CORONABOBS ISOLATION DAY 116 – Diary of a Self-Isolator 16.7.2020 BLOG 18th July 2020

CORONABOBS ISOLATION DAY 116 – Diary of a Self-Isolator Thursday 16th July 2020

Today was a day of getting a little closer, yet again, to normality.

The day started with an actual physical visit to the doctors’ surgery. Very unique in this day and age, consultations are usually made over the telephone.

Then in the afternoon we met up with all four grandchildren at White Post Farm. Most normal. The Farm was very busy too, with the car park really full to bursting point, proving everyone wants normality to return. With my family the reptile house proved most popular with go karts a very close second. They did, however, enjoy the pigs. One of my grandsons likening a huge, fat, sleeping, snoring pig to myself. The Adventure Playground went down particularly well, as did the ice creams. You are not allowed to take your own picnics but surprise, surprise, you can buy and consume their food. I guess you can’t blame them.

In the reptile house you could buy some. The chameleon for £60ish, the snake and tarantula were the chosen ones along with the turtle.

We watched the very entertaining sheep racing, but didn’t place any bets. Loved the big one who rolled in last best.

My personal preferences were the owls in the new Birds of Prey section. I love how they turn their heads. More bones means more flexibility, and having this allows owls to rotate their heads 270 degrees. (If 360 degrees is a way to measure a full circle, and 180 degrees is half a circle, that means owls can turn their heads more than halfway around!)

Anyway, another day closer to normality.

I saw this article today on how the purchase of an island has become more popular since the pandemic.

How to buy a private island for the price of a London flat

Agents say enquiries from would-be island owners have tripled during Covid pandemic.

The coronavirus lockdown has left many homeowners longing for a change of scenery – but some buyers are thinking bigger than others for their next move.

According to agents, demand for private islands is booming as increasing numbers of Britons seek solitude and safety during the pandemic. Farhad Vladi, founder of Vladi Private Islands, says that enquiries have tripled since Covid-19 hit compared with the same period in 2019.

And as The Telegraph notes, “you don’t need to be a billionaire, or even a millionaire”, to get in on the action.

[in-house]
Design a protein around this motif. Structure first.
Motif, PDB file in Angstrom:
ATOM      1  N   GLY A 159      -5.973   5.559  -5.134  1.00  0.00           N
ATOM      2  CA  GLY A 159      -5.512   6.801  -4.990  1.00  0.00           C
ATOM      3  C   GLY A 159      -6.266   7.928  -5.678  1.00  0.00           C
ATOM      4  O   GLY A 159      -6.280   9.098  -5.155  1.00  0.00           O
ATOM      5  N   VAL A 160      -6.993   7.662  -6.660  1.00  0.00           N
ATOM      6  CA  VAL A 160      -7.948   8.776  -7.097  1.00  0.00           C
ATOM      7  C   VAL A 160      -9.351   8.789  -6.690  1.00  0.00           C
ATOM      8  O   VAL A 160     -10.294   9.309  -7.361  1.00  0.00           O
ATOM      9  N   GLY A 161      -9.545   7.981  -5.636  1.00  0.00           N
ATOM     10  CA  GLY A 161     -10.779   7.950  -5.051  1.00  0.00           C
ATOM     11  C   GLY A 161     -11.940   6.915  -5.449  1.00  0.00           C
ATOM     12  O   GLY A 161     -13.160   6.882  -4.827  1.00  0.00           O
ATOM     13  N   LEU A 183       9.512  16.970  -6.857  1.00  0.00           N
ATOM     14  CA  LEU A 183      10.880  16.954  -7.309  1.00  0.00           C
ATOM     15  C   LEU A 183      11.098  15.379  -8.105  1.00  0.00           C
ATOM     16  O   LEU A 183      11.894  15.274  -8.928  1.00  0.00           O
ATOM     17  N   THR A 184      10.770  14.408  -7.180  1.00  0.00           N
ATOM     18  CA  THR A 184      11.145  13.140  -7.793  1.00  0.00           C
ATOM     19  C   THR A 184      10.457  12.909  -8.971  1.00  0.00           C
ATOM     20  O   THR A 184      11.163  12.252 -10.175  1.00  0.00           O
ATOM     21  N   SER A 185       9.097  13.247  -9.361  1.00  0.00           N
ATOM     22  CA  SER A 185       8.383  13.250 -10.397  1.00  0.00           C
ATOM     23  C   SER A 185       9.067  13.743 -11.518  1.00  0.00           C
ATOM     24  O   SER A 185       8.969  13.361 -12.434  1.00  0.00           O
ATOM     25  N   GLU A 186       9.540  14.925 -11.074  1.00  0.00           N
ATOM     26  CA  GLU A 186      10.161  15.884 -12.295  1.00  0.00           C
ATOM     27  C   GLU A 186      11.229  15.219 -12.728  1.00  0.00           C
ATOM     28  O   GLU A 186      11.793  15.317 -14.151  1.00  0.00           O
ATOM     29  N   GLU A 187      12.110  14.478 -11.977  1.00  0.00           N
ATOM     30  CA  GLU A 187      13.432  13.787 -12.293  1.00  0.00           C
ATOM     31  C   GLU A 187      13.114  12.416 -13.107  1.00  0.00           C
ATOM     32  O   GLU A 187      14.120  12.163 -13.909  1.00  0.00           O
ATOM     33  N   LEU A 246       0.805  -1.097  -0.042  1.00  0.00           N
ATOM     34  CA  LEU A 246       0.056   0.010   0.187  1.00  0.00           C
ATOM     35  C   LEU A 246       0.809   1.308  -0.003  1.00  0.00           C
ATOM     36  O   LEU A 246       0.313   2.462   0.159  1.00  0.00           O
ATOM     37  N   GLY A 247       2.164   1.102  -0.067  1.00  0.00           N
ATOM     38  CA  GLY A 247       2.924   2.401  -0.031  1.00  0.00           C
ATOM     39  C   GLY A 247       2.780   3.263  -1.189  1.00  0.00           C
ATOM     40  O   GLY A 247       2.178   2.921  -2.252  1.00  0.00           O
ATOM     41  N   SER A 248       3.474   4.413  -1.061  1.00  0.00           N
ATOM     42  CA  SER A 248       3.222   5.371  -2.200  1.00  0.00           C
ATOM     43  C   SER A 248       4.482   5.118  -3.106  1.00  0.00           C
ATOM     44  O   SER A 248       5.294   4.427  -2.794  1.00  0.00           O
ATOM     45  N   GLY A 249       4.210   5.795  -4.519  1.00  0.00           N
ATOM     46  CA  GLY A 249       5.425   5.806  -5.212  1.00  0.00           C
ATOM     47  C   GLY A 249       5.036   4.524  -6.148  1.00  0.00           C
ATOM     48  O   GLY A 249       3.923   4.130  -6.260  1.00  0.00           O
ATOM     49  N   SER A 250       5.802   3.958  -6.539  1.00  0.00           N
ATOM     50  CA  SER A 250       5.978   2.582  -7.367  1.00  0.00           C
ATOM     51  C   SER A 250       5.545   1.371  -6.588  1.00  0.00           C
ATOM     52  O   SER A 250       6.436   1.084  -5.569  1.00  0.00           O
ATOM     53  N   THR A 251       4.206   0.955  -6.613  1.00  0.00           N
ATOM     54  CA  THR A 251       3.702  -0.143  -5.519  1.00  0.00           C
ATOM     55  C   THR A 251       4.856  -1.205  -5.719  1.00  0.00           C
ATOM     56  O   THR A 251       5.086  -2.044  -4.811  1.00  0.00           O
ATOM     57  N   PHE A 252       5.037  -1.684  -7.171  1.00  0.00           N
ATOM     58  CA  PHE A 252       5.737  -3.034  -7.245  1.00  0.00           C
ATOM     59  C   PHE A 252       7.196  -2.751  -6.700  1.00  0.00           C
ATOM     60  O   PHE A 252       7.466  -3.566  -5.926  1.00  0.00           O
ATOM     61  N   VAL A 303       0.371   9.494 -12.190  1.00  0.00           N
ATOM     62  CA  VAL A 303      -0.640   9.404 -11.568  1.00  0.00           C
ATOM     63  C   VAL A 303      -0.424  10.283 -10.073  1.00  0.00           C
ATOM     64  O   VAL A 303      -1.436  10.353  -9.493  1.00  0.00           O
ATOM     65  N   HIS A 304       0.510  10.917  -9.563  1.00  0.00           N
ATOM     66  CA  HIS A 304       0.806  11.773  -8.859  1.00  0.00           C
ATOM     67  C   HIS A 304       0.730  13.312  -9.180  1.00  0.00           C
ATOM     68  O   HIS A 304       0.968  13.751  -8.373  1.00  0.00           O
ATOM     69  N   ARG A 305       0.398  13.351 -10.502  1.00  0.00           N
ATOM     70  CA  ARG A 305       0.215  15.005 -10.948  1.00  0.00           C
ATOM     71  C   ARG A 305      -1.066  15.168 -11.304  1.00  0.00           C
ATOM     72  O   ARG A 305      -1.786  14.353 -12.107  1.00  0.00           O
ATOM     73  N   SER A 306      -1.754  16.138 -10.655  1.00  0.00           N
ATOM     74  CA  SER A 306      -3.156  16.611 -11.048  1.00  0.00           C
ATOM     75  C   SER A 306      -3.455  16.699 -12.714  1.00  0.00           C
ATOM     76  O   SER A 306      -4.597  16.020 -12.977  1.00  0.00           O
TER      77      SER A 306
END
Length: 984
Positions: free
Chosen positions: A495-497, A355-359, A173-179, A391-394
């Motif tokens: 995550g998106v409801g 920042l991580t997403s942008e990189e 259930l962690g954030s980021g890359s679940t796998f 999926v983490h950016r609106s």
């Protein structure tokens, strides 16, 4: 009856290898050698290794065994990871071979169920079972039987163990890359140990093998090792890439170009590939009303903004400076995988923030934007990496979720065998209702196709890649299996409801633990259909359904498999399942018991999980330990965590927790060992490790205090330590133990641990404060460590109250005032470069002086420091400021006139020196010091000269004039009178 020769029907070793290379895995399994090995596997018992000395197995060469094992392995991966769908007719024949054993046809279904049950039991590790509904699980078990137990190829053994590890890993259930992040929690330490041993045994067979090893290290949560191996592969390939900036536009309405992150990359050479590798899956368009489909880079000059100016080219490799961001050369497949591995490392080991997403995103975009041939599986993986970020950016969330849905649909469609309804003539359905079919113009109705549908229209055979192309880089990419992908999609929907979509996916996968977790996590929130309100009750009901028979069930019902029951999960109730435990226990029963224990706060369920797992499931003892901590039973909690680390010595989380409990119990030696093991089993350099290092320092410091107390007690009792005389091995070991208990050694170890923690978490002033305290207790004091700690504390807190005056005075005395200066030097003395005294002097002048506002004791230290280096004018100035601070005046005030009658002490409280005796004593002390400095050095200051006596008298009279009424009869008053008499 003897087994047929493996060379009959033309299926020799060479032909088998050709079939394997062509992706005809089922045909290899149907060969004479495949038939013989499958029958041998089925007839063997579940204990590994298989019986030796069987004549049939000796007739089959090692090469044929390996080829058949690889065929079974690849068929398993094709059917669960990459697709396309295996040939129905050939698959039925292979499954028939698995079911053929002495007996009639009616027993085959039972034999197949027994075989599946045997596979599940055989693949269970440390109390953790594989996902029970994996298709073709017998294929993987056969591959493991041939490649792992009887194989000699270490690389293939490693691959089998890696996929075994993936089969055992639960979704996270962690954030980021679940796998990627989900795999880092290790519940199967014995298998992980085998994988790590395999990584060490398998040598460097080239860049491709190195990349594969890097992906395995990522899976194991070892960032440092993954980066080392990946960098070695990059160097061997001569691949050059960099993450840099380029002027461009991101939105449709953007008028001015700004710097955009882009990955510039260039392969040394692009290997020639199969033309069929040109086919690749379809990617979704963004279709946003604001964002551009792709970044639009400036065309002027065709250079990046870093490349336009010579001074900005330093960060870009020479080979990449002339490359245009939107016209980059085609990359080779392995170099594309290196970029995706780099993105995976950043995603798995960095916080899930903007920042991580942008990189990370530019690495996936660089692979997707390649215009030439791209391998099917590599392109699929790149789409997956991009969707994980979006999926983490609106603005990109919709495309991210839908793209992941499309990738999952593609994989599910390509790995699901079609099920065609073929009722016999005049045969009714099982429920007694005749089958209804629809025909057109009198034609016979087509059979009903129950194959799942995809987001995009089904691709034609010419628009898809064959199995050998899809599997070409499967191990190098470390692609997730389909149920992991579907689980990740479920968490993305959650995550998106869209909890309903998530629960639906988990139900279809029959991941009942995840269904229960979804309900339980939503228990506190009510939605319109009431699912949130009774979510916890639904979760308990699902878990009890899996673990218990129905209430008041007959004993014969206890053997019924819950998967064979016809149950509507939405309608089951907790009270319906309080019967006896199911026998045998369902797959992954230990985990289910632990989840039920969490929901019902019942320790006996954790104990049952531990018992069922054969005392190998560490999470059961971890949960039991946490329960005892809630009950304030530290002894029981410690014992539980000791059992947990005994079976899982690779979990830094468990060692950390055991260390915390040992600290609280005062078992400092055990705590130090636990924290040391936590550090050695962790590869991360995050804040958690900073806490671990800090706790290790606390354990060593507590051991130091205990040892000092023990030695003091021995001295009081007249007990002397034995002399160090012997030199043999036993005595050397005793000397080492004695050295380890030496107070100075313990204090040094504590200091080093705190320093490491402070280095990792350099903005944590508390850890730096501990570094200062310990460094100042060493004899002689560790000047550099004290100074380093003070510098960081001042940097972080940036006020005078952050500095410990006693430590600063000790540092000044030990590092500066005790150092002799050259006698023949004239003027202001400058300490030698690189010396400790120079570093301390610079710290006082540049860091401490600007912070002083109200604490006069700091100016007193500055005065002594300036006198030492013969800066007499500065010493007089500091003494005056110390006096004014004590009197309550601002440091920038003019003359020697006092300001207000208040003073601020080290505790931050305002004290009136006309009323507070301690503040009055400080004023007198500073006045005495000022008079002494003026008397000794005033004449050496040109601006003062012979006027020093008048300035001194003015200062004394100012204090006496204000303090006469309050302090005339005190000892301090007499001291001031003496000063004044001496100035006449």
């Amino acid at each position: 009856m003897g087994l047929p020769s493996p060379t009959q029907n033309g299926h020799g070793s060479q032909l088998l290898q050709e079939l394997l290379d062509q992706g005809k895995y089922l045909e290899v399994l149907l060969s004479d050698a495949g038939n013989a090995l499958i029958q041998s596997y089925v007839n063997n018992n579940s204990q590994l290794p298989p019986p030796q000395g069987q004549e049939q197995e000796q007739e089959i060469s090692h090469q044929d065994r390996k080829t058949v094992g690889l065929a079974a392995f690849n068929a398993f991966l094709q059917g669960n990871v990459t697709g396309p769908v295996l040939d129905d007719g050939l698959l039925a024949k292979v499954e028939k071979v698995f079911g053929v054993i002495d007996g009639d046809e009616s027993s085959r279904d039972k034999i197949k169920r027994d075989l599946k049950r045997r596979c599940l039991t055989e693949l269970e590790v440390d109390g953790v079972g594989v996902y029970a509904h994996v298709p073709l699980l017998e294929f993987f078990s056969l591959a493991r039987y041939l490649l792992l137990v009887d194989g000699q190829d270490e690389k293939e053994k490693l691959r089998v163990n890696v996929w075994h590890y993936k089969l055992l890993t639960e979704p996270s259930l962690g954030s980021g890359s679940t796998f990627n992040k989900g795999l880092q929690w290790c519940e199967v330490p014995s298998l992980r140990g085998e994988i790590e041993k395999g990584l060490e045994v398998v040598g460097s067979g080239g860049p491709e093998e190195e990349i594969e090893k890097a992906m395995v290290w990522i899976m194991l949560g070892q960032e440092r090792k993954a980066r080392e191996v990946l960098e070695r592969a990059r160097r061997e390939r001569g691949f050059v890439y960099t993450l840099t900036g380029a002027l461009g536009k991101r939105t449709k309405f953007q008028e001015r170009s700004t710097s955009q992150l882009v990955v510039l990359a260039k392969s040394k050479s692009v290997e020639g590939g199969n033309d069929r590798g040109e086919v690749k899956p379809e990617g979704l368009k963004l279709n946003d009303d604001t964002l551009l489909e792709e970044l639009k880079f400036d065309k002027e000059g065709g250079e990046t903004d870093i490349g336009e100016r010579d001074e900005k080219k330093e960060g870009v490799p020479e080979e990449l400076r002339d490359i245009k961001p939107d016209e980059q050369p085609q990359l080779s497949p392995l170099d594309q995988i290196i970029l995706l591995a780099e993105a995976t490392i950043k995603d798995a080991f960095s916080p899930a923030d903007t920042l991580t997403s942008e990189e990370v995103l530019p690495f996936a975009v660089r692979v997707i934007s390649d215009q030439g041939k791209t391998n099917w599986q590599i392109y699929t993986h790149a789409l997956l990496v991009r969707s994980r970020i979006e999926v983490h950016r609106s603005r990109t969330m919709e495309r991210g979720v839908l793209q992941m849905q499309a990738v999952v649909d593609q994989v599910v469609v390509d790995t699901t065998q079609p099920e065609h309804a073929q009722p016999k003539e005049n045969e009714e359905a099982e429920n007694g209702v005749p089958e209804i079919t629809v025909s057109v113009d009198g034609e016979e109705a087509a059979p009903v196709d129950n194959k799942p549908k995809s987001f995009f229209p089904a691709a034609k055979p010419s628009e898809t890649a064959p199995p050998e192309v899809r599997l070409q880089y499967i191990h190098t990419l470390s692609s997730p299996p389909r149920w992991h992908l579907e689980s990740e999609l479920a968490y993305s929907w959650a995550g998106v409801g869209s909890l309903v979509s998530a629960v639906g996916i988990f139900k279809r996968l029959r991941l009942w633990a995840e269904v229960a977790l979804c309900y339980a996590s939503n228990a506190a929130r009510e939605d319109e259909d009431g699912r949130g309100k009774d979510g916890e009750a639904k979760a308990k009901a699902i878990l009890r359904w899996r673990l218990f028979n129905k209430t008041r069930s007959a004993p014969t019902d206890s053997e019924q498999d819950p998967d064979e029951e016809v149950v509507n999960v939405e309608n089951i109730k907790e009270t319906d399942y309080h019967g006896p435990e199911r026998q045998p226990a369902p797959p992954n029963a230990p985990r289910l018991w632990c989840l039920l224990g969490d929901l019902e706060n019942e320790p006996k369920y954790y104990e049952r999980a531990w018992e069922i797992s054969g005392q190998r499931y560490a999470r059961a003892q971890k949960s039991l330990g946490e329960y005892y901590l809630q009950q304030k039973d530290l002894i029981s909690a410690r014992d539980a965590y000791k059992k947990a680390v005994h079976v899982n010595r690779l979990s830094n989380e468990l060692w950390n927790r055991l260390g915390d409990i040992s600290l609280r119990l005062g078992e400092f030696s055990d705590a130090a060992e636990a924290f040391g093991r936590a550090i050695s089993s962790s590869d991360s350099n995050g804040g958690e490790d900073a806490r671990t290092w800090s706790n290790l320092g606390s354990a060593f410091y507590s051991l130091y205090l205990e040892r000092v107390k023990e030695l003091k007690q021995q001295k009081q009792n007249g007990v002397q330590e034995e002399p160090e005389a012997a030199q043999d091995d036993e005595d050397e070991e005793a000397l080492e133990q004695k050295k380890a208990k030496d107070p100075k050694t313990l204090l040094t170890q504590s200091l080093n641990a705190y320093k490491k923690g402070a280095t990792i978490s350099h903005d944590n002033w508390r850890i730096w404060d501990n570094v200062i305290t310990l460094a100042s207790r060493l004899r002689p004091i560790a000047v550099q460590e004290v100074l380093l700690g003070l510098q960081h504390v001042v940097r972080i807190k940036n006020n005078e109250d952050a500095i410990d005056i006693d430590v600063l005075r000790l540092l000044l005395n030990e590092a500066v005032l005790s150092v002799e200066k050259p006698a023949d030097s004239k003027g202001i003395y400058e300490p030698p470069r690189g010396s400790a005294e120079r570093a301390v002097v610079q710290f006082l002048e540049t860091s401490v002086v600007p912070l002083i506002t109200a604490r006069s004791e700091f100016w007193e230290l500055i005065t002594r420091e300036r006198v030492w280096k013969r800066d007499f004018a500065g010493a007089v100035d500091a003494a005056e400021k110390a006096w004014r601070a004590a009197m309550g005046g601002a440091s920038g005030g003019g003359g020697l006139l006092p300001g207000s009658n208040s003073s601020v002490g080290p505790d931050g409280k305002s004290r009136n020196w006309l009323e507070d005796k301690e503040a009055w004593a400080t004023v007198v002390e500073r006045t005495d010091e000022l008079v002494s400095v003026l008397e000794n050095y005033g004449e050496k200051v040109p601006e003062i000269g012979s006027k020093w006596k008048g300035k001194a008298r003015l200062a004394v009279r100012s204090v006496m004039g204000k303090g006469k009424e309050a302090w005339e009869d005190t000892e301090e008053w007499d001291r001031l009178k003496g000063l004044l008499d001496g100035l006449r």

While “the private island market in Britain and Ireland is one of serious quirks”, says the newspaper, “islands in Scotland can be snapped up for a fraction of the price of a one-bedroom London flat”.

Cameron Ewer of Savills estate agents told The Telegraph that “there are some very, very small islands that people buy because they just want to say ‘I own an island’”.

Savills recently sold the 14-acre Creinch Island in Loch Lomond for just £90,000. But living on the island may prove tricky for the new owner. Creinch has no running water or electricity, although on the plus side, the island is “covered in wood anemones and wild garlic”, The Telegraph says.

There are also plenty of options for those looking to splash a little more cash. An island off the coast of Ireland was sold for more than $6.3m (£5m) earlier this month, “with the anonymous buyer not even visiting the location in person before going through with the purchase”, CNN reports.

Located to the southwest of the Irish mainland, Horse Island covers 157 acres that includes “three beaches, seven houses and natural wildlife”, the broadcaster adds.

The island haven proved so enticing that the unnamed European buyer “relied on video footage to view” the site, and conducted most of the negotiations via WhatsApp, says The Guardian.

“The owner fell in love with the scenery,” said Thomas Balashev, chief executive of Montague Real Estate, which helped broker the deal. “The island will be used as a tranquil retreat – a place to enjoy the natural beauty and calm the landscape affords.”

Some visionaries are thinking even bigger, however.

With land borders worldwide closed during the pandemic, shipbuilding giant Ferretti Group is producing “portable private islands”, Forbes says.

 “Describing its superyachts as ‘private islands’ might seem far-fetched, but it makes a lot of sense,” according to the news site.

“The interior is essentially a luxury resort… while outside, sun decks supplement beaches and wherever you roam, you’re always by the sea.”

We did not see TV tonight as Mamma had a Church Zoom meeting, but on looking down the TV listings there was nothing on TV worth watching anyway.




And suddenly you just know it’s time to start something new and trust the magic of new beginnings…


Happiness is…White Post Farm


I bought some shoes from a drug dealer. I don’t know what he laced them with, but I’ve been tripping all day.


Love is…a great wave of emotion.

5 Things To Be Grateful For During Lockdown/Coronavirus

We are grateful  Lockdown gives us  a time…

  1. A time to visit White Post Farm because it’s open …A time not to be able to visit White Post Farm because it’s
  2. A time to visit the reptiles…A time to jump on the trampoline.
  3. A time to see the sheep race…A time to hear pigs snore in their sleep.
  4. A time to enjoy living on the mainland…A time to restrict yourself to island self-isolation (stay safe).
  5. A time to indulge in excellent TV…A time to give TV a miss.


DAY 103      16 Times – 144 Feet Cumulative Total 15,435 Feet






©2020 Phil M Robinson